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May 25, 2000


The Rediff Business Interview/P S Subramanyam

'What oil is to Middle East, infotech is to India'

P S Subramanyam, Chairman of UTI The Unit Trust of India is the most critical institutional player on the Indian stockmarkets. Yet, why is it keeping such an uncharacteristically low profile in these troubled times? UTI Chairman P S Subramanyamconceded that this is the best time to pick up infotech stocks, which are languishing at an all-time low price, while discussing the issue with Pritish Nandy. After all, information technology is where the hidden wealth of India lies.

Email this interview to a friendWhy is there such a bloodbath in the stock market and why is the UTI not stepping in to restore stability as it once used to?

There appears to be a sustained attack against information technology stocks by certain vested interests in the stock market. Frankly, why I have no idea. Nor do I have the time to find out. But that is the impression one gets from the way these stocks have been hammered down despite the fact that most of the key IT companies have been doing extremely well.

As to why we are not stepping in to stem the tide, the answer is simple. We do not have that kind of surplus funds to invest. Our money is already invested and were we to try and pull some of that money out tore invest in IT stocks, many of which are going at a very attractive price today, it could drag the market further down and create more chaos. No, this is not the time to sell anything. And the problem is that if I cannot sell, I cannot buy. One would need at least Rs 30 billion to stop the downslide. At least Rs 2.5 billion to Rs 3 billion need to be put into the market every day for ten days if one has to intervene. But where is that kind of money?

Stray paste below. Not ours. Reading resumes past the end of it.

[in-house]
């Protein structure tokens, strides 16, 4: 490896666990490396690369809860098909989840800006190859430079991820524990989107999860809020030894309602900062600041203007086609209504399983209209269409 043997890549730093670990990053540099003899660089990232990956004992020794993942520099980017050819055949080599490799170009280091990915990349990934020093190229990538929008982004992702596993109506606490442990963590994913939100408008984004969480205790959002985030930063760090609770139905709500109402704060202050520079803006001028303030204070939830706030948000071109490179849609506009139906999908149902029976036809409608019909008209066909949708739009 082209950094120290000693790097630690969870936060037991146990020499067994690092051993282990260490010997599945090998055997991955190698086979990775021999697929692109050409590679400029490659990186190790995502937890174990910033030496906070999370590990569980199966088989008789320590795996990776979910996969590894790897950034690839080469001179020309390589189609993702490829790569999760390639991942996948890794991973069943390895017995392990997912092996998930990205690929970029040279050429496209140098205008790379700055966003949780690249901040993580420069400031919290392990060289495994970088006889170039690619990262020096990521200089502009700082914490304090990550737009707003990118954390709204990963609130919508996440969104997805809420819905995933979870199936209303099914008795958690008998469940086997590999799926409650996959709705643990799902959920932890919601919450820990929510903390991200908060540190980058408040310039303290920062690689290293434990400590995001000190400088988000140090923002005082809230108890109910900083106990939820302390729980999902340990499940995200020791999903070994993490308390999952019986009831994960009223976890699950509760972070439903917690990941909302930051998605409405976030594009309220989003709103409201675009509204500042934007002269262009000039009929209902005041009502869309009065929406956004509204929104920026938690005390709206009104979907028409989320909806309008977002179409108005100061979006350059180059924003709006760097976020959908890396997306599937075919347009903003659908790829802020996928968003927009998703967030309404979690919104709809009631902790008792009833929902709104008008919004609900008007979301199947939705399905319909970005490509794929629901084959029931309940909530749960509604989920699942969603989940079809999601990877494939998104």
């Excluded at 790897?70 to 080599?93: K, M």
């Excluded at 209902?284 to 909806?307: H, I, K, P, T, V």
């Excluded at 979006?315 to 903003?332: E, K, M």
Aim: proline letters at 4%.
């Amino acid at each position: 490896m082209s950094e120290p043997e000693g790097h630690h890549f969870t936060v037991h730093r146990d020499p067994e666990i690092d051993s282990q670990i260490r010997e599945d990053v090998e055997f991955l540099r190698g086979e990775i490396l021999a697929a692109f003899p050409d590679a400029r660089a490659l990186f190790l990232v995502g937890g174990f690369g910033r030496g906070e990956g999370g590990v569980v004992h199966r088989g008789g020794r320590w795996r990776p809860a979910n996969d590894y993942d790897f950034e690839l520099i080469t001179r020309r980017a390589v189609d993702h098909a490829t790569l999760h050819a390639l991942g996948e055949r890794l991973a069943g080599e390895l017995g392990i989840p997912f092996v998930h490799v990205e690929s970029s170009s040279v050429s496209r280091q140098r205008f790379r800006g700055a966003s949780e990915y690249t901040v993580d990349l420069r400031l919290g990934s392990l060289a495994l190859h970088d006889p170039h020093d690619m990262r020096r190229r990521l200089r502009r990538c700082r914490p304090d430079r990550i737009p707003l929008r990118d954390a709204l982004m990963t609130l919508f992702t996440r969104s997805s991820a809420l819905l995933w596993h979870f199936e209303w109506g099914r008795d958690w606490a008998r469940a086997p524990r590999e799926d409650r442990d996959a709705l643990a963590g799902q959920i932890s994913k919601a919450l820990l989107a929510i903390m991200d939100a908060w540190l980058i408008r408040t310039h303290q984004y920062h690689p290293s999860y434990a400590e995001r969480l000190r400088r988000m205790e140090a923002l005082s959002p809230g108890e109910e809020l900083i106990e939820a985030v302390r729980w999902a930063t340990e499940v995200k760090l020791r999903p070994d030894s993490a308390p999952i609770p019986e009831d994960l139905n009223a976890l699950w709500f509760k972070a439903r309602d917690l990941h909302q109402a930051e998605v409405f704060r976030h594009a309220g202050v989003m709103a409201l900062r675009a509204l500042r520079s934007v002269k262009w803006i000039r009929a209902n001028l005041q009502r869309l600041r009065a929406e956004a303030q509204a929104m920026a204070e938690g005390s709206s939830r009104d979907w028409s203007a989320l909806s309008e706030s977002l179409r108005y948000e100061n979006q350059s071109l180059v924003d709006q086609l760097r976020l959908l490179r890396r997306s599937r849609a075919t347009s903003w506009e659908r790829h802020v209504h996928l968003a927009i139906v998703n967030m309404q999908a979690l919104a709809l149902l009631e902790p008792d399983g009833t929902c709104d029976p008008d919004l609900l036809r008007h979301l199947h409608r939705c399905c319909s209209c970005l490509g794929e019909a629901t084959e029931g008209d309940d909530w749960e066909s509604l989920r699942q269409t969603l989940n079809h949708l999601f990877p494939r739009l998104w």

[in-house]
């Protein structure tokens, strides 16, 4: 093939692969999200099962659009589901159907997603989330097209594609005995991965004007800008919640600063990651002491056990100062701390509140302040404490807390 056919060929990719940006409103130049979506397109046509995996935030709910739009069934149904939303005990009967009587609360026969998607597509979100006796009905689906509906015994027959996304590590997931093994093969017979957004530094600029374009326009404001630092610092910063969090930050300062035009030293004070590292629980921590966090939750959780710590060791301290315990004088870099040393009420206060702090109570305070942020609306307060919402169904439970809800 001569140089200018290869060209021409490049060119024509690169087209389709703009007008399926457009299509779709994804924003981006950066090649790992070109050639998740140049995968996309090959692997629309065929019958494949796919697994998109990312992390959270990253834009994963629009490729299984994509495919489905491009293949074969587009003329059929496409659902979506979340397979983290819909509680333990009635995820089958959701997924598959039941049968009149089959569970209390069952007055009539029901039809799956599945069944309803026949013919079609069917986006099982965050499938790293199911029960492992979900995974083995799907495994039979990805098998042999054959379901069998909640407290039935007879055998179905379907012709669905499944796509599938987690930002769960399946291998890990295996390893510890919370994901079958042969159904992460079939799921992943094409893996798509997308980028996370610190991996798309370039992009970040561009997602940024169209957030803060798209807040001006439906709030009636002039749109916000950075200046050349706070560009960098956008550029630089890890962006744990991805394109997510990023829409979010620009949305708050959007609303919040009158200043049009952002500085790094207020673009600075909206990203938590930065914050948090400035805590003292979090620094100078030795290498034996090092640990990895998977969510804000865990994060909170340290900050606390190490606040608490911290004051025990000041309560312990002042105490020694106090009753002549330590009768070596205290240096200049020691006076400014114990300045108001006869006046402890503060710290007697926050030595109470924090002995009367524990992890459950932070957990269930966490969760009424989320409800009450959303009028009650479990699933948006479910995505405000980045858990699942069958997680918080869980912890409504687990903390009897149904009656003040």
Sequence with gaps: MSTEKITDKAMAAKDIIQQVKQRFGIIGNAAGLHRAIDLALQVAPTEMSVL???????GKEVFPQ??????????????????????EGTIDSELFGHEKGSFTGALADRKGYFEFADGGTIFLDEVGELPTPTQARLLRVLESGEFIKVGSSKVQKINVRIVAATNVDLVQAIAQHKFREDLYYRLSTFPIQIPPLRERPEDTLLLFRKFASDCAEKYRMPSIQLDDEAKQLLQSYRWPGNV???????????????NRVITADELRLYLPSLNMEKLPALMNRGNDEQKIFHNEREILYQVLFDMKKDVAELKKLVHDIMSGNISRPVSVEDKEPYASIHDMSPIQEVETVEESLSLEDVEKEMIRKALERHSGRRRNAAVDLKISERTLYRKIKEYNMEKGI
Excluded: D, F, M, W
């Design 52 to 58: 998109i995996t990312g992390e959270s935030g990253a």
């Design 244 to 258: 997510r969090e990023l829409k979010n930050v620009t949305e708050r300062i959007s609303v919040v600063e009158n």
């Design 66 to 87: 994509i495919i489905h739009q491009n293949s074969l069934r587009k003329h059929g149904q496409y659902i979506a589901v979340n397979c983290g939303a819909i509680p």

And selling in a sliding market like this would obviously reduce your NAV, which you may not like to do?

Absolutely right. There is no way one can sell under these circumstances. And unless we sell, we cannot buy these IT technology stocks, however attractive they may look at the current prices.

Which means you rate them as attractive buys at the current price?

Very. In my view, what oil is to the Middle East, information technology is to India. Just as the Middle East has prospered on oil, India will ride IT to emerge as a global super power. It is my view, purely as a nationalist Indian, that it is this sector that will make India one of the strongest forces in the world in the coming years.

It is high time market players stopped looking at NASDAQ for what they should do in India. While NASDAQ may have initially taught us how to appreciate the true value of software stocks, it is time to recognise the inherent strengths of our own IT industry. We need no more follow NASDAQ blindly. Indian software companies are doing extremely well and they have the potential to grow much bigger. If you ask me, the time is not far away when NASDAQ will have to follow our bourses. You must remember, Sir, that we are the leaders in information technology today. That is obvious from the way our talent is being wooed by other nations.

Do you see this phenomenon continuing or do you think this is just a temporary phase?

It all began with body-shopping. Catering primarily to the US and European market. But over the years the inherent knowledge-base of the English-speaking Indian community has ensured what you could describe as a rapid rise up the value chain pyramid.